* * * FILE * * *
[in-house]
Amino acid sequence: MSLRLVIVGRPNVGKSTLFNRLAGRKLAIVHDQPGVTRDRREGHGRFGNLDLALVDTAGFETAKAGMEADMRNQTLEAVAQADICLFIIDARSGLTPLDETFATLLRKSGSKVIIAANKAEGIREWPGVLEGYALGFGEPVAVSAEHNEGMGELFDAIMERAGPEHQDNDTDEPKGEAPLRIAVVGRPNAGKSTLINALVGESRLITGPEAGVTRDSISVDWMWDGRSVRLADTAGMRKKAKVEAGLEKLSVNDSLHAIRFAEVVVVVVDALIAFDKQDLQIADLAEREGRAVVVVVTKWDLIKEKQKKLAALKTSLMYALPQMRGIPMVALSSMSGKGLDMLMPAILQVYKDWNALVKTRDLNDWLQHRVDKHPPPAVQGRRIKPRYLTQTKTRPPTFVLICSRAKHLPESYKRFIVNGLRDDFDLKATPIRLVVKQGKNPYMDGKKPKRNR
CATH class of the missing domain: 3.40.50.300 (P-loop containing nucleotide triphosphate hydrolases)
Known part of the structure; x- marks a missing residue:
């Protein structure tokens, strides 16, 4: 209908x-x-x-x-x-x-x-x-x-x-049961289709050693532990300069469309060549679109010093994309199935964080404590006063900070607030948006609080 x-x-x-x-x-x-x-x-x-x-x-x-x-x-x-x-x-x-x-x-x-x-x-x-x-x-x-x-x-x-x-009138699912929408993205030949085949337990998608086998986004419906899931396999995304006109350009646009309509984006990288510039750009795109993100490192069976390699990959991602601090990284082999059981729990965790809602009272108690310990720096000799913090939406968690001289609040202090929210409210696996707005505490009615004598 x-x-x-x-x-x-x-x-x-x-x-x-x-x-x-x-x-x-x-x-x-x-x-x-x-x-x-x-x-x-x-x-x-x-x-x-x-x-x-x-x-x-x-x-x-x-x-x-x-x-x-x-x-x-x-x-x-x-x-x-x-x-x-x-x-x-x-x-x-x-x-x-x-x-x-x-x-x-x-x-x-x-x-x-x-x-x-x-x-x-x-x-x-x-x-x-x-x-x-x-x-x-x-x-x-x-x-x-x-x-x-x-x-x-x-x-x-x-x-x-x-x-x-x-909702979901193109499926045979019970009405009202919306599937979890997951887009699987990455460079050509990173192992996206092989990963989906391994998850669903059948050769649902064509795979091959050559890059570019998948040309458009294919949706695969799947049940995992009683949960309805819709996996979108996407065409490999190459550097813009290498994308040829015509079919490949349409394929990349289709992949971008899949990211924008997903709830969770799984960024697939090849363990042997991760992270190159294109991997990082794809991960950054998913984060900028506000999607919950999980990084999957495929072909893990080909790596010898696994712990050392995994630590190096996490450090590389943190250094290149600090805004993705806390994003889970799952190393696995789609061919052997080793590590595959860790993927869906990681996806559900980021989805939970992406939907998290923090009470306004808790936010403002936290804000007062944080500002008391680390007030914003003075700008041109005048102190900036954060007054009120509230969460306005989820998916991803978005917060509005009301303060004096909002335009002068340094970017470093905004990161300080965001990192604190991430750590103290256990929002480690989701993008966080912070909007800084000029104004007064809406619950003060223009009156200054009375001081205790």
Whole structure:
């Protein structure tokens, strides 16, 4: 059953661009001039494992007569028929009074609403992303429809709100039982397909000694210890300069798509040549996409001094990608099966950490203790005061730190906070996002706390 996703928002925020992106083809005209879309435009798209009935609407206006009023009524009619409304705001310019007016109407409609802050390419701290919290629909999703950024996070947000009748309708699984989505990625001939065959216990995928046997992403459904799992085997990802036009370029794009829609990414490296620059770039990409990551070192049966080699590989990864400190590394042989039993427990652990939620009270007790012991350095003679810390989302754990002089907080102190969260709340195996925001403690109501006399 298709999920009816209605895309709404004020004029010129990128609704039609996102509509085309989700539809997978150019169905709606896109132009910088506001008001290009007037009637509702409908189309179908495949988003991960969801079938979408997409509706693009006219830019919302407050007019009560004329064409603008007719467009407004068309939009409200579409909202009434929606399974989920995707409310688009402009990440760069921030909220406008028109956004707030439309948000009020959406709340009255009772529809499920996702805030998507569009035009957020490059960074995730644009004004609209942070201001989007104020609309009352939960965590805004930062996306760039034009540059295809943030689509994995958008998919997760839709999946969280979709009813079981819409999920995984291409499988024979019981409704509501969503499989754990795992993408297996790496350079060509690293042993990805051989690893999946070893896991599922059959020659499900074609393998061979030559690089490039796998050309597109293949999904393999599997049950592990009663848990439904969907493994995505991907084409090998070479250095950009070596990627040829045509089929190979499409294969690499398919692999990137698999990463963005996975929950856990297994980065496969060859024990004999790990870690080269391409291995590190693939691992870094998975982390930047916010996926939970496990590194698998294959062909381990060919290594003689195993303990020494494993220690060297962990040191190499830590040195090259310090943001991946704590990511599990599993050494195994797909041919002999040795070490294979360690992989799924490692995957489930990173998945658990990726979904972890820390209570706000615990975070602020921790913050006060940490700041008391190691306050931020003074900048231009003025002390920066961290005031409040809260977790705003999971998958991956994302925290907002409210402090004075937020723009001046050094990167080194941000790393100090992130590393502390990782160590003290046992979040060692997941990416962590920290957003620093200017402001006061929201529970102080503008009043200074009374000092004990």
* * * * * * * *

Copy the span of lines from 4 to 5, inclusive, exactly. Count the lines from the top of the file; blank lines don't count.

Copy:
Known part of the structure; x- marks a missing residue:
């Protein structure tokens, strides 16, 4: 209908x-x-x-x-x-x-x-x-x-x-049961289709050693532990300069469309060549679109010093994309199935964080404590006063900070607030948006609080 x-x-x-x-x-x-x-x-x-x-x-x-x-x-x-x-x-x-x-x-x-x-x-x-x-x-x-x-x-x-x-009138699912929408993205030949085949337990998608086998986004419906899931396999995304006109350009646009309509984006990288510039750009795109993100490192069976390699990959991602601090990284082999059981729990965790809602009272108690310990720096000799913090939406968690001289609040202090929210409210696996707005505490009615004598 x-x-x-x-x-x-x-x-x-x-x-x-x-x-x-x-x-x-x-x-x-x-x-x-x-x-x-x-x-x-x-x-x-x-x-x-x-x-x-x-x-x-x-x-x-x-x-x-x-x-x-x-x-x-x-x-x-x-x-x-x-x-x-x-x-x-x-x-x-x-x-x-x-x-x-x-x-x-x-x-x-x-x-x-x-x-x-x-x-x-x-x-x-x-x-x-x-x-x-x-x-x-x-x-x-x-x-x-x-x-x-x-x-x-x-x-x-x-x-x-x-x-x-x-909702979901193109499926045979019970009405009202919306599937979890997951887009699987990455460079050509990173192992996206092989990963989906391994998850669903059948050769649902064509795979091959050559890059570019998948040309458009294919949706695969799947049940995992009683949960309805819709996996979108996407065409490999190459550097813009290498994308040829015509079919490949349409394929990349289709992949971008899949990211924008997903709830969770799984960024697939090849363990042997991760992270190159294109991997990082794809991960950054998913984060900028506000999607919950999980990084999957495929072909893990080909790596010898696994712990050392995994630590190096996490450090590389943190250094290149600090805004993705806390994003889970799952190393696995789609061919052997080793590590595959860790993927869906990681996806559900980021989805939970992406939907998290923090009470306004808790936010403002936290804000007062944080500002008391680390007030914003003075700008041109005048102190900036954060007054009120509230969460306005989820998916991803978005917060509005009301303060004096909002335009002068340094970017470093905004990161300080965001990192604190991430750590103290256990929002480690989701993008966080912070909007800084000029104004007064809406619950003060223009009156200054009375001081205790």